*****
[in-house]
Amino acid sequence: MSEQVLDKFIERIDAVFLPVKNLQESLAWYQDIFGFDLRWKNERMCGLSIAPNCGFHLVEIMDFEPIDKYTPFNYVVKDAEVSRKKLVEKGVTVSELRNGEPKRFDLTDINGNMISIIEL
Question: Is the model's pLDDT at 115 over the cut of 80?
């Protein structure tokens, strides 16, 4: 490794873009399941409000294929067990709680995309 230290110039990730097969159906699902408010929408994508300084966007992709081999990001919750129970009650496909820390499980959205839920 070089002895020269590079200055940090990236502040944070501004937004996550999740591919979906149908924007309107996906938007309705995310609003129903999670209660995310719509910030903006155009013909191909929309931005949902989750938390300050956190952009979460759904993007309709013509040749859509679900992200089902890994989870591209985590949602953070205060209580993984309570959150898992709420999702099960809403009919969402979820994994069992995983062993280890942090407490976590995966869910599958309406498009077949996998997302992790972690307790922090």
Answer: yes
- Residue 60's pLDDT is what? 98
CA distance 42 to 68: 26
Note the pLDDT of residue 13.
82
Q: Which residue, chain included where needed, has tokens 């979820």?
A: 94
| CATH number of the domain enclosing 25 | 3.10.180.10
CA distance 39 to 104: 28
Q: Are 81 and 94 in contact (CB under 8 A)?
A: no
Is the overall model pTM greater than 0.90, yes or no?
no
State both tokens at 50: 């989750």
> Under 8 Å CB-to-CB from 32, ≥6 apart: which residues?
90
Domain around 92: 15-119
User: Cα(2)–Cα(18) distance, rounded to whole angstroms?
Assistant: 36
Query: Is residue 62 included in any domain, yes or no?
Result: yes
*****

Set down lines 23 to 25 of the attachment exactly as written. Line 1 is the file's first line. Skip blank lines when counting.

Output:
Assistant: 36
Query: Is residue 62 included in any domain, yes or no?
Result: yes